On December 7, 2023, Atlantic Union Bank (the “Bank”) entered into a consent order with the Consumer Financial Protections Bureau (CFPB) related to its in-person and telephone overdraft opt-in sales practices during 2017-2020. The settlement requires the Bank to refund affected consumers $5 million in overdraft fees and pay a $1.2 million civil money penalty to the CFPB.

The Electronic Funds Transfer Act (EFTA) and Regulation E (12 CFR § 1005.17(b)(1)), prohibit financial institutions from charging an overdraft fee for paying ATM or one-time debit card transactions (“regulated overdrafts”) unless an institution: (i) provides the consumer with its overdraft service disclosure (a/k/a What You Need to Know About Overdraft and Overdraft Fees); (ii) provides the consumer a reasonable opportunity to opt in; (iii) obtains the consumer’s affirmative consent, or opt-in; and (iv) provides the consumer with a written confirmation of the consent, which includes a statement informing the consumer of the right to revoke such consent.

As set forth in the consent order (which was issued in connection with an administrative proceeding), the CFPB concluded that the Bank violated the EFTA and Regulation E and engaged in deceptive practices in violation of the Consumer Financial Protection Act based on the CFPB’s findings that the Bank had engaged in the following sales practices:

  1. In Branch Opt-in Process: For customers who enrolled in the overdraft service in branches, employees gave verbal descriptions of the bank’s overdraft service and collected verbal opt-in from customers prior to delivering the written overdraft service disclosure. The employees then documented the verbal election in the account opening system. The customers were asked at the end of the account opening process to sign the written overdraft service disclosure prepopulated with a checked box for opt-in. Regulation E requires the written overdraft service disclosure to be provided before a bank can obtain affirmative consent from a customer so the customer can make an informed decision to consent. The official commentary to Regulation E also states “Nor does an institution obtain a consumer’s affirmative consent by providing a signature card that contains a pre-selected check box indicating that the consumer is requesting the service.”
  2. Phone Opt-in Process: For customers who enrolled in the overdraft service by phone, employees did not clearly explain which transactions were covered by the overdraft service, and made other misleading statements about the overdraft service. The misleading statements included stating: “(1) opting in would provide consumers with emergency funds when they needed them, with no other context about the costs of the service; (2) that consumers could avoid returned-item fees by opting in, even though such fees do not apply to ATM and one-time debit card transactions; and (3) that opting in would cover debit card transactions as well as checks, even though checks were already covered by [the standard overdraft service].” Some bank employees failed to inform callers that they could incur a $36 or $38 overdraft fee for each overdraft transaction. Many calls also evidenced customer confusion about the overdraft service terms and conditions.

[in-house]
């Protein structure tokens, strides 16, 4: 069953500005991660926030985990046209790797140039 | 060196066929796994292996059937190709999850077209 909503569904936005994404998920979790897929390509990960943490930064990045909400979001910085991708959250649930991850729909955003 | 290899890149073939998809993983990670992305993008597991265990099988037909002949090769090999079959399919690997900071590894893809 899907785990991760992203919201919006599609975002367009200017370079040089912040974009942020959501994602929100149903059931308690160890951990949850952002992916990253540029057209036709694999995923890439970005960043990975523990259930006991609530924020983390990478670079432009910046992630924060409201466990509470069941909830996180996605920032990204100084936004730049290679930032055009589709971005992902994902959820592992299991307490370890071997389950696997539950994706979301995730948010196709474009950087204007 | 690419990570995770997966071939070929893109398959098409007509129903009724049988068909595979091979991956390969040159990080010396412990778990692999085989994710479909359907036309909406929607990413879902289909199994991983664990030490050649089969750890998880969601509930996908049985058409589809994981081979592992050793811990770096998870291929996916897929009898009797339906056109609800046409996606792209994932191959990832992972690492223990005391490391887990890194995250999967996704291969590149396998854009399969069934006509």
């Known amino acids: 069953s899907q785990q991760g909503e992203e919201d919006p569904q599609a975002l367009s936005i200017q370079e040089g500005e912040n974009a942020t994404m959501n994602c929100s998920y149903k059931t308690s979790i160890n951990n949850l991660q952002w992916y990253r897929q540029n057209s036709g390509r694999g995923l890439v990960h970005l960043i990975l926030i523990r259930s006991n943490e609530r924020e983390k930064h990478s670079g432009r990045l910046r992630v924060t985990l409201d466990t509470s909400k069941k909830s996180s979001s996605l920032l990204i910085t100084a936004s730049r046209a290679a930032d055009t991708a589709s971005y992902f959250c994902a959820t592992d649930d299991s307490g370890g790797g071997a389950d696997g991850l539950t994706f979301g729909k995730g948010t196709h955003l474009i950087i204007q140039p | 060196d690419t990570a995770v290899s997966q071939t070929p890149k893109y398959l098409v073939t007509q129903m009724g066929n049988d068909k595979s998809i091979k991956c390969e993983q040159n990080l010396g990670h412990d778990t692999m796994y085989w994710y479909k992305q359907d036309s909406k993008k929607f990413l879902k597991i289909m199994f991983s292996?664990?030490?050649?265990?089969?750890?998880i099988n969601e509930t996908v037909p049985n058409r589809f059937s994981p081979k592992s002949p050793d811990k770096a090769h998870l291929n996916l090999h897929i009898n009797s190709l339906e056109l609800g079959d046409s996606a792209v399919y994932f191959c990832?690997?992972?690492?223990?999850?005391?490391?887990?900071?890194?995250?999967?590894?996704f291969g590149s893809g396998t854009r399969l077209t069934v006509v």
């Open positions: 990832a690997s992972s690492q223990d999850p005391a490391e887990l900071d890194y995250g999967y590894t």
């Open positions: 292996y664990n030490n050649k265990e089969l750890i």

The consent order prohibits the Bank from violating Regulation E and the CFPA by deceiving consumers about the overdraft service terms and conditions, transactions covered by opt-in, risk and costs associated with opt-in and not opting in, associated overdraft fees, and any other terms material to the opt-in decision. The restitution plan requires the Bank to:

  1. Send overdraft opt-in status letters to consumers who remain opted in to the overdraft service for regulated overdrafts that include: (1) the consumer’s opt-in status, (2) the transactions and fees associated with opt-in coverage, (3) detailed instructions on how to revoke opt-in, and (4) that consumers have the option of enrolling in (i) overdraft service for ATM and one-time debit card services, (ii) overdraft service for checks, ACH and recurring debit card transactions, or (iii) declining all overdraft services.